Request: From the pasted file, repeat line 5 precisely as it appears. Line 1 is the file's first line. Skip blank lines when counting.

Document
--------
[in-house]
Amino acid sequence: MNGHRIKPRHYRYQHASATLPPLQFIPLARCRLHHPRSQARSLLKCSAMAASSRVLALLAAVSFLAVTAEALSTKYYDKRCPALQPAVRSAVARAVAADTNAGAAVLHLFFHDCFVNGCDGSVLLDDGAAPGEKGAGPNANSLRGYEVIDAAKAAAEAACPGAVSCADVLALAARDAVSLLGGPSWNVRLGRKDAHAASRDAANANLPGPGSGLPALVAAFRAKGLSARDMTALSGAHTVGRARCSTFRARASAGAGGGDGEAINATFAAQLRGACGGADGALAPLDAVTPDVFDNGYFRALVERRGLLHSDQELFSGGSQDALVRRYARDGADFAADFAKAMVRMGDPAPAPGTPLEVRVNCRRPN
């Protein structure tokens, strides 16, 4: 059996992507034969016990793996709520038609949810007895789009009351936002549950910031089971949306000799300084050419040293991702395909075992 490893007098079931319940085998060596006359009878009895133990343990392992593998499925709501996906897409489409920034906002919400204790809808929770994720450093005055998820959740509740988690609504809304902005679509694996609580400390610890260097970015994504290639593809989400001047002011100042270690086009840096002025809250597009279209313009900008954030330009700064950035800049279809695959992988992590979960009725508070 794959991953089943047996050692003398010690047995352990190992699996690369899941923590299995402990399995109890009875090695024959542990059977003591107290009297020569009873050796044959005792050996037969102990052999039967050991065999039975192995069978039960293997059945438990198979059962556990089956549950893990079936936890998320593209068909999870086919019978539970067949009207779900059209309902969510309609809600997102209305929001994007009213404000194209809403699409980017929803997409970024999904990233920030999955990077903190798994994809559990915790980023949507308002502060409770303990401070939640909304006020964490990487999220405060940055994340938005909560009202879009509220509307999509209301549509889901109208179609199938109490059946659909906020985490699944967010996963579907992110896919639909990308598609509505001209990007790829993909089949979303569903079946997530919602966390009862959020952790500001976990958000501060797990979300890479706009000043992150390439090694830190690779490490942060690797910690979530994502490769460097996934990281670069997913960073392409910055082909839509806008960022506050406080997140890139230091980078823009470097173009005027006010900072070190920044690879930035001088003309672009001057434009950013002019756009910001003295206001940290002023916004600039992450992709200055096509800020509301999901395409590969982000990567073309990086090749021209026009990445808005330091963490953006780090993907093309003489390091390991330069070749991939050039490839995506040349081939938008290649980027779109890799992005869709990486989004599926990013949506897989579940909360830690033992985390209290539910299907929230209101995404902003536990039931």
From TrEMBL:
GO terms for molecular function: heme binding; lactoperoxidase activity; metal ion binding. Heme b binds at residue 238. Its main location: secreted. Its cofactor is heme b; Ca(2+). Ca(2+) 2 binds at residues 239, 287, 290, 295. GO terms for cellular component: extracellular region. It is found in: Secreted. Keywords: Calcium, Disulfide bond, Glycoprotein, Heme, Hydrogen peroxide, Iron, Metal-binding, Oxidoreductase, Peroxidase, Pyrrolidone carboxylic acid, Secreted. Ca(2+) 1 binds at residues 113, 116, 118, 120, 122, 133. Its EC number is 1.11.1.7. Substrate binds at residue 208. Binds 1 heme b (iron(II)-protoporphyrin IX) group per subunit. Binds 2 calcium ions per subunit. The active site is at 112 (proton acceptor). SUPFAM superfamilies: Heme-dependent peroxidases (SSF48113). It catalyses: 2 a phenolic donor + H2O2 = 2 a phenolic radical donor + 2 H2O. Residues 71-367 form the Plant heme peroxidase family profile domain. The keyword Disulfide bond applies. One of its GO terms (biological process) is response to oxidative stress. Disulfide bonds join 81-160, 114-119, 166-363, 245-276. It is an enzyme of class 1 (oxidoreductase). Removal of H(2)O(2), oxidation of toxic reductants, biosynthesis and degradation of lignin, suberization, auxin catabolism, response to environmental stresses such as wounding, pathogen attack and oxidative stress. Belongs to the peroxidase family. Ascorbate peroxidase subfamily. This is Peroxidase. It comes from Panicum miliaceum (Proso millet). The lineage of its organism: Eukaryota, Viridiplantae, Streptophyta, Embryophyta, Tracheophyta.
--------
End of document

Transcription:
GO terms for molecular function: heme binding; lactoperoxidase activity; metal ion binding. Heme b binds at residue 238. Its main location: secreted. Its cofactor is heme b; Ca(2+). Ca(2+) 2 binds at residues 239, 287, 290, 295. GO terms for cellular component: extracellular region. It is found in: Secreted. Keywords: Calcium, Disulfide bond, Glycoprotein, Heme, Hydrogen peroxide, Iron, Metal-binding, Oxidoreductase, Peroxidase, Pyrrolidone carboxylic acid, Secreted. Ca(2+) 1 binds at residues 113, 116, 118, 120, 122, 133. Its EC number is 1.11.1.7. Substrate binds at residue 208. Binds 1 heme b (iron(II)-protoporphyrin IX) group per subunit. Binds 2 calcium ions per subunit. The active site is at 112 (proton acceptor). SUPFAM superfamilies: Heme-dependent peroxidases (SSF48113). It catalyses: 2 a phenolic donor + H2O2 = 2 a phenolic radical donor + 2 H2O. Residues 71-367 form the Plant heme peroxidase family profile domain. The keyword Disulfide bond applies. One of its GO terms (biological process) is response to oxidative stress. Disulfide bonds join 81-160, 114-119, 166-363, 245-276. It is an enzyme of class 1 (oxidoreductase). Removal of H(2)O(2), oxidation of toxic reductants, biosynthesis and degradation of lignin, suberization, auxin catabolism, response to environmental stresses such as wounding, pathogen attack and oxidative stress. Belongs to the peroxidase family. Ascorbate peroxidase subfamily. This is Peroxidase. It comes from Panicum miliaceum (Proso millet). The lineage of its organism: Eukaryota, Viridiplantae, Streptophyta, Embryophyta, Tracheophyta.